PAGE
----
Ripken dives back into game

Defensive gems proof of healthy step forward

May 20, 1999|By Peter Schmuck | Peter Schmuck,SUN STAFF

It was a Brooks Robinson kind of night. Orioles third baseman Cal Ripken dived to his right to make a great play in the second inning. He lunged to his left to make a similar play in the ninth, and still wasn't done with an impressive defensive performance that proved he is back in both mind and body.

He went full extension again to his left later in the ninth to snag another sharp ground ball, this time losing his footing and spinning in midair in an unsuccessful attempt to throw out Anaheim Angels third baseman Troy Glaus at first base.

Never mind that the Orioles went on to suffer another discouraging late-inning loss. That play -- and its immediate aftermath -- proved once and for all that Ripken has regained his mobility and his full enjoyment of the game.

Even as he twisted toward the ground and the ball pulled first baseman Jeff Conine off the bag, Ripken clearly had big smile on his face.

"I was probably thinking about how silly I must look," Ripken said.

There is no way that many in the crowd of 38,557 could have seen that smile -- it was only obvious on the television replay -- but the fans clearly sensed that something special had just happened. They rose in unison to give Ripken a standing ovation for a play he didn't make.

"It just feels good to play well," he said. "I can't say enough about the fans. They have been totally supportive of me. It just seems to be one nice moment after another. I took it as they were happy to have me back and I was happy to get back."

Ripken had a big night all around. He hit his second home run of the season in the second inning and has hit safely in each of the six games he has played since returning from the disabled list and the back injury that seemed so recently to threaten his career.

He has worked diligently to overcome the severe back pain that knocked him out of the lineup on Opening Day and eventually forced him onto the disabled list for the first time in his major-league career. But Ripken is the first to say that that there is more to his dramatic resurgence than just a good physical therapy program.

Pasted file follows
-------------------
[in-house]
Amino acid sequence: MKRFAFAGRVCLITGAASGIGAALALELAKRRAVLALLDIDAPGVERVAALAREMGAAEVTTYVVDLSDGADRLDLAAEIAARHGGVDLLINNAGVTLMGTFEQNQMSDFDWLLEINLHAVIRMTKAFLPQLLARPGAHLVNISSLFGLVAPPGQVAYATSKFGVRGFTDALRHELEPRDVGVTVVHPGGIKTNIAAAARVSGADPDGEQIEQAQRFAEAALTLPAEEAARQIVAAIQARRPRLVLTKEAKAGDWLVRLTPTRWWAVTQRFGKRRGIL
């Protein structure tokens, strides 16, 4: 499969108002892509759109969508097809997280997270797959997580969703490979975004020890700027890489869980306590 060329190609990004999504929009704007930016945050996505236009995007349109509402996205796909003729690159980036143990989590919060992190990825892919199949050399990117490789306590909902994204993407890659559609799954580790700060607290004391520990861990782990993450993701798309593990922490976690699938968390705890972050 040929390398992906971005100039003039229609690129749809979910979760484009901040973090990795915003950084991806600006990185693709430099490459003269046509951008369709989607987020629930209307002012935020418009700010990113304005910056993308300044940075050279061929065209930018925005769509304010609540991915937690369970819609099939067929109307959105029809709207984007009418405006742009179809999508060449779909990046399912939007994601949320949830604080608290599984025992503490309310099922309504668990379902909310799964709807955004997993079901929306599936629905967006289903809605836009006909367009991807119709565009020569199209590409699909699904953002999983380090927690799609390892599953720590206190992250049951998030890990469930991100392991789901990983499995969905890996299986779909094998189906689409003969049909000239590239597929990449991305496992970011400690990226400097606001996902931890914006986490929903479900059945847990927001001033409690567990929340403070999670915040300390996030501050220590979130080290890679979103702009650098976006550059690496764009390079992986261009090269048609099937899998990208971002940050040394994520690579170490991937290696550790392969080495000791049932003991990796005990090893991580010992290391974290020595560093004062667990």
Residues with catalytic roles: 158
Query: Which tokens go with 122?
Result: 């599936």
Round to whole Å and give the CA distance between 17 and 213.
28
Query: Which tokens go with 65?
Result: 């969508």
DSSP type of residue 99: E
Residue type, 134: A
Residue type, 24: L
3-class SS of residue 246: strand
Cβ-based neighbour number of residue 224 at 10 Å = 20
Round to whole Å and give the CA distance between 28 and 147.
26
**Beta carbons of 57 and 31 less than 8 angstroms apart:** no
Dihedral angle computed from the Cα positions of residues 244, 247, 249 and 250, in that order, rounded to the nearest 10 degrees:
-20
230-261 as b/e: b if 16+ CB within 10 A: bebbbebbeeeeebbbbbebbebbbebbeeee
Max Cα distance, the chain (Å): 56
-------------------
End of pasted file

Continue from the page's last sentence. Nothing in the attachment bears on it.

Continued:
The time off allowed him to go through a more normal grieving process following the death of his father -- Cal Ripken Sr. -- in late March.

"There was a silver lining to the injury," Ripken said. "It gave me time to heal mentally and physically. I jumped right back into baseball because I thought it was the best thing to do after my dad's funeral. Maybe it was a little too soon. Maybe I should have taken a little time."

Ripken came back with an unburdened mind and a new batting stance. The result has been a decided improvement at the plate. He has eight hits in 26 at-bats and has averaged an RBI a game with a stance that looks a lot like the one he employed on the way to some of his best offensive seasons -- particularly his MVP year in 1991.

"That is the more conventional way I hit," he said of the stance. "You can't really duplicate something from another year. In '91, I was able to ride that out and feel confident with it all year.

"You can look at the videotape and say, `Why not just do it the way you did in '91?' But you can come back with the same thing and it doesn't feel the same. I operate on feel."

Everything feels better now, because Ripken has been able to come to terms with all of the obstacles that have been laid in front of him this year.

"It's really a matter of being able to concentrate and see the ball clearly," he said. Hitting "requires a good clear head and good focus. The things that bother you affect your focus. I'm playing with a clear head right now, and it feels good."

That much is obvious to everyone around him.

"No. 1, he's healthy and No. 2, his head's clear," said manager Ray Miller. "You never get over a loss like that, but I think he has had a chance to grieve and get healthy and sort some things out. I've never seen him work so hard. I think he truly realized how much he missed [the game], and I think that rejuvenated him."

Pub Date: 5/20/99

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